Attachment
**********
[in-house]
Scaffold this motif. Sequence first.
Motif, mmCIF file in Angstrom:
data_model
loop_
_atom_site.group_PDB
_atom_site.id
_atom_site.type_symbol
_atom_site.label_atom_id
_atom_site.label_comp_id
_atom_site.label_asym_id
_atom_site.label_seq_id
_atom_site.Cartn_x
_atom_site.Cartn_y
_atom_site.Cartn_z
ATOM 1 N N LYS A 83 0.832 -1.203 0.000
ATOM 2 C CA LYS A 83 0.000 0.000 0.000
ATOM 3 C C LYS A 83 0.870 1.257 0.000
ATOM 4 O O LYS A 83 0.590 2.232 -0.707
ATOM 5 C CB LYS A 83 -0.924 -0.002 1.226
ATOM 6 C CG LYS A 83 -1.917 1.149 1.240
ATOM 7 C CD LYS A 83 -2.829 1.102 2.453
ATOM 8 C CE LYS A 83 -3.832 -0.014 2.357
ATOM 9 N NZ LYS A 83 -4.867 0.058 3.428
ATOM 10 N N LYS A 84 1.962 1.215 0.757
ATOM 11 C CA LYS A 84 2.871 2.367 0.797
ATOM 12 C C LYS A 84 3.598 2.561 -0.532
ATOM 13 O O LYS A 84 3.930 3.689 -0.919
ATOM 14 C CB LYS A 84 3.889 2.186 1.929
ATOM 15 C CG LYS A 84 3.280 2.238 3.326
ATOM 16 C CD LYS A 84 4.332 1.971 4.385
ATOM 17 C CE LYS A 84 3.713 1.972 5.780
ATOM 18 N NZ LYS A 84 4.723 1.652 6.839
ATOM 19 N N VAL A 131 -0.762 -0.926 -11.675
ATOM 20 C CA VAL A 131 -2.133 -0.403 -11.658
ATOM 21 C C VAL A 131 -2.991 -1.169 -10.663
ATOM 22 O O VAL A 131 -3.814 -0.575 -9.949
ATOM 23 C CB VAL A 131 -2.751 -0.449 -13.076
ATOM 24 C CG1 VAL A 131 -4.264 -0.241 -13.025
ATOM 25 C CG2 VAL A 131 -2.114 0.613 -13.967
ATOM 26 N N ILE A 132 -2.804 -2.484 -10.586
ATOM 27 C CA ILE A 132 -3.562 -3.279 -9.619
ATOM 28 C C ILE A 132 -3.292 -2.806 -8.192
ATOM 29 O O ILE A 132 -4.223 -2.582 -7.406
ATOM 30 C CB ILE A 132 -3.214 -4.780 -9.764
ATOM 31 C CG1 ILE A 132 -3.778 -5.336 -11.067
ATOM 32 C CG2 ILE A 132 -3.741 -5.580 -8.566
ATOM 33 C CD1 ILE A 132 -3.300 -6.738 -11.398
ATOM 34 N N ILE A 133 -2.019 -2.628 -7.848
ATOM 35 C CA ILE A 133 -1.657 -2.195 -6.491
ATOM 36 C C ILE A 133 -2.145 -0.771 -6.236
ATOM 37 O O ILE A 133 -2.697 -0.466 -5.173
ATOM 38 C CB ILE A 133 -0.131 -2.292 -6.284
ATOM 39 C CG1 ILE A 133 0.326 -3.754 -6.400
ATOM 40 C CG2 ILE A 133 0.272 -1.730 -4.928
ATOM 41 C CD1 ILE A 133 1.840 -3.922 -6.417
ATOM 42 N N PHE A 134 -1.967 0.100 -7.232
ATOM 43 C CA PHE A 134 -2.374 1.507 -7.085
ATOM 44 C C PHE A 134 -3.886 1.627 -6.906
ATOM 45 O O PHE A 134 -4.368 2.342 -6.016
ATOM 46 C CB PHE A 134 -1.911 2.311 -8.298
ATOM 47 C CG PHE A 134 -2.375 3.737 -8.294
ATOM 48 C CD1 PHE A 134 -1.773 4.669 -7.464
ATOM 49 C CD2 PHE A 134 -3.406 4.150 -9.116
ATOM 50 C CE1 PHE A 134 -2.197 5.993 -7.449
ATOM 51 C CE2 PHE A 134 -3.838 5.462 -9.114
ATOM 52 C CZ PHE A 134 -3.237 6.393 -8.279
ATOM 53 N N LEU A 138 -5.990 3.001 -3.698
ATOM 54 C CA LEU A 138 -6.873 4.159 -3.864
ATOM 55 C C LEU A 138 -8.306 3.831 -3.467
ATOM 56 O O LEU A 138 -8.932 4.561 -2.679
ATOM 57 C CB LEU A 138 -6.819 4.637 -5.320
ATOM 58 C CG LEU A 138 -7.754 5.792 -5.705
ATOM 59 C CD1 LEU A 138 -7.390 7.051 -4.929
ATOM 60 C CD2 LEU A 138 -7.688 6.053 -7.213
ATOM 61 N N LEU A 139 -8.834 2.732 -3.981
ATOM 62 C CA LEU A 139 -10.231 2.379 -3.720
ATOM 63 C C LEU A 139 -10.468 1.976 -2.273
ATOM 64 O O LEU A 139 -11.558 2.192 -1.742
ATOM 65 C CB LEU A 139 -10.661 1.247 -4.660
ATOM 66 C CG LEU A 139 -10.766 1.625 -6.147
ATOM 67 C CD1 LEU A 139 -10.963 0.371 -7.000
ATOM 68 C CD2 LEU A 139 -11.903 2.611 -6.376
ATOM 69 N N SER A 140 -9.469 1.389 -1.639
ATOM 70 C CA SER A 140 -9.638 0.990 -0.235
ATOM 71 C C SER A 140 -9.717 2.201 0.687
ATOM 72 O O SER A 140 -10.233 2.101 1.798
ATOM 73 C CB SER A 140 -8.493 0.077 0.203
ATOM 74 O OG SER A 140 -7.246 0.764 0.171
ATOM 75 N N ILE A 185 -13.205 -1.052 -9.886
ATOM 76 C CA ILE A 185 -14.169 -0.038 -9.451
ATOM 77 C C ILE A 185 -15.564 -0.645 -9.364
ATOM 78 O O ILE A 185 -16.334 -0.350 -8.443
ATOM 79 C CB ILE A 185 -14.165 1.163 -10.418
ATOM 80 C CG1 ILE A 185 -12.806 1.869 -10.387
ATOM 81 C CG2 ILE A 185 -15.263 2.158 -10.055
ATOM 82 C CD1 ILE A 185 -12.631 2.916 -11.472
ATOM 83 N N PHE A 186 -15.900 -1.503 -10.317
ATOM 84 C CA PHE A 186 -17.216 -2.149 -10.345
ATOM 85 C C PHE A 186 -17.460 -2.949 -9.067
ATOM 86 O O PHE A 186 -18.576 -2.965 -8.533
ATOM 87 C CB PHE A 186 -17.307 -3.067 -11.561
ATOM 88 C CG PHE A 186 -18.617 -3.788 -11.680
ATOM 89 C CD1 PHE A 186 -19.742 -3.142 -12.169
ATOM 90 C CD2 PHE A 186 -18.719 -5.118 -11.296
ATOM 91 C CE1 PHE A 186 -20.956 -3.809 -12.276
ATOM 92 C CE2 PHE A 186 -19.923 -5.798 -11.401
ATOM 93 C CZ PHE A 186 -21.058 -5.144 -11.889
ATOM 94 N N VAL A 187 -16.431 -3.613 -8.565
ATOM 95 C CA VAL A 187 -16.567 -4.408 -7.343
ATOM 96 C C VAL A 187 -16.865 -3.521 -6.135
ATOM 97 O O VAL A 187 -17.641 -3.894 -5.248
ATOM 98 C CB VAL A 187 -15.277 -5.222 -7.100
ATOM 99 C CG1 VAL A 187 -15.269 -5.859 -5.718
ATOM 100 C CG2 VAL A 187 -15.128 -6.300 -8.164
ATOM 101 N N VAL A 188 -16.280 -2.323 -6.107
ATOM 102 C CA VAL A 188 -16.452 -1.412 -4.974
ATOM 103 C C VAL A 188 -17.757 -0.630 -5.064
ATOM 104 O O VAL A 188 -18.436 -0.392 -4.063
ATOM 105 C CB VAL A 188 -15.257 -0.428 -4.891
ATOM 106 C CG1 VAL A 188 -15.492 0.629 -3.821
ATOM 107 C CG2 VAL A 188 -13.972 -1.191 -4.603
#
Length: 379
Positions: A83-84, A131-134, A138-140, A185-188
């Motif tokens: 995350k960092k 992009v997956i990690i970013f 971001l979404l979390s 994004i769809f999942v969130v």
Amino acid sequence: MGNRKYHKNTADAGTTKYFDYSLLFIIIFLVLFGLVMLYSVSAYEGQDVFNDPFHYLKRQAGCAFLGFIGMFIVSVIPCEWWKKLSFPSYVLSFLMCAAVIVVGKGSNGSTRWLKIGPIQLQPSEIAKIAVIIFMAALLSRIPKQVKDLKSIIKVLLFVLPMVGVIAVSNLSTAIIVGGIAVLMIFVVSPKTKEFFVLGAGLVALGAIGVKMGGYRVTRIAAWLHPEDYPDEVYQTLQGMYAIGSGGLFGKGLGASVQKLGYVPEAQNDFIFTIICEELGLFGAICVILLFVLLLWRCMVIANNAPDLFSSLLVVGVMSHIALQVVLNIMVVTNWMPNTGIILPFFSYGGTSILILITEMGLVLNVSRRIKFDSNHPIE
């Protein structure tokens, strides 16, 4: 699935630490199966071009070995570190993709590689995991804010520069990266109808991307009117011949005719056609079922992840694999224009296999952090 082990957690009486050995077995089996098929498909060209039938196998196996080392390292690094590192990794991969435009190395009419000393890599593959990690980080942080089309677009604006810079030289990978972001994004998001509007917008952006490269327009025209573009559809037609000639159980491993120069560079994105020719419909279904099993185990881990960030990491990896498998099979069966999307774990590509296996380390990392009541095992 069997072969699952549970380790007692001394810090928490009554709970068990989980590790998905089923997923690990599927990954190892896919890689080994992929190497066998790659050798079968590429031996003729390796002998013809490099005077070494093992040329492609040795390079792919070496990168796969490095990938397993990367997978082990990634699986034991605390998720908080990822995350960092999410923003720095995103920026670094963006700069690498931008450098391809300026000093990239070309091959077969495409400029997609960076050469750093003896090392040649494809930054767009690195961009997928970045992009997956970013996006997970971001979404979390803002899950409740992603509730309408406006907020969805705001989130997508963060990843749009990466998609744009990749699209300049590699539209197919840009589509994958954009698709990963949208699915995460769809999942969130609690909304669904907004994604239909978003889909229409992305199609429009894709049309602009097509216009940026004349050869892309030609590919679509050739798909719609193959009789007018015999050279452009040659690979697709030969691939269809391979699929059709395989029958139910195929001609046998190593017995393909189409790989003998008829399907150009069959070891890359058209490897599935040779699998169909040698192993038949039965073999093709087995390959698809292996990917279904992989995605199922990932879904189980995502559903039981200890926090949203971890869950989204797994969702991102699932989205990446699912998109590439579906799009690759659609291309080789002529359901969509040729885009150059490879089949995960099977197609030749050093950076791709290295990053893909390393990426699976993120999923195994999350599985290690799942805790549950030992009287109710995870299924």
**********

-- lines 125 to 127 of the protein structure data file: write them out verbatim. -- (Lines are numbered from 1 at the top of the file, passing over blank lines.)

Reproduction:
Positions: A83-84, A131-134, A138-140, A185-188
């Motif tokens: 995350k960092k 992009v997956i990690i970013f 971001l979404l979390s 994004i769809f999942v969130v």
Amino acid sequence: MGNRKYHKNTADAGTTKYFDYSLLFIIIFLVLFGLVMLYSVSAYEGQDVFNDPFHYLKRQAGCAFLGFIGMFIVSVIPCEWWKKLSFPSYVLSFLMCAAVIVVGKGSNGSTRWLKIGPIQLQPSEIAKIAVIIFMAALLSRIPKQVKDLKSIIKVLLFVLPMVGVIAVSNLSTAIIVGGIAVLMIFVVSPKTKEFFVLGAGLVALGAIGVKMGGYRVTRIAAWLHPEDYPDEVYQTLQGMYAIGSGGLFGKGLGASVQKLGYVPEAQNDFIFTIICEELGLFGAICVILLFVLLLWRCMVIANNAPDLFSSLLVVGVMSHIALQVVLNIMVVTNWMPNTGIILPFFSYGGTSILILITEMGLVLNVSRRIKFDSNHPIE